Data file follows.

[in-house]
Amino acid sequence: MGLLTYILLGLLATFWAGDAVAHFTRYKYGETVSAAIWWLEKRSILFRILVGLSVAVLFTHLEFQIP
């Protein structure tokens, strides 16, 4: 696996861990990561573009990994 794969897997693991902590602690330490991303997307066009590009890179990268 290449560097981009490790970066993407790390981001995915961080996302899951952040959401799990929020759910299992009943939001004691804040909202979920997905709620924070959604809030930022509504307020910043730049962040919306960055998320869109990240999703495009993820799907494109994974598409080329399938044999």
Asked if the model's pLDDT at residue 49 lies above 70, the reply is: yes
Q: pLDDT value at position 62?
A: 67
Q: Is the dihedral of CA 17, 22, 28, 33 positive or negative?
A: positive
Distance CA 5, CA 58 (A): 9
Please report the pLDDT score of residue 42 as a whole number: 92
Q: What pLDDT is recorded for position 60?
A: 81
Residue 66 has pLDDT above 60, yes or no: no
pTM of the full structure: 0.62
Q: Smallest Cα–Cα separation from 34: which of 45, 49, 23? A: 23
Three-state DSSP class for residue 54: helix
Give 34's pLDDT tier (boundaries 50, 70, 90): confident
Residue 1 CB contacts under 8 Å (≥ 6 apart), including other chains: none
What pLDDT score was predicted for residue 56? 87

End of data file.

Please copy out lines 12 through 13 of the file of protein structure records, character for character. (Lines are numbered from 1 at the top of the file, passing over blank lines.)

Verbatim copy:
A: 81
Residue 66 has pLDDT above 60, yes or no: no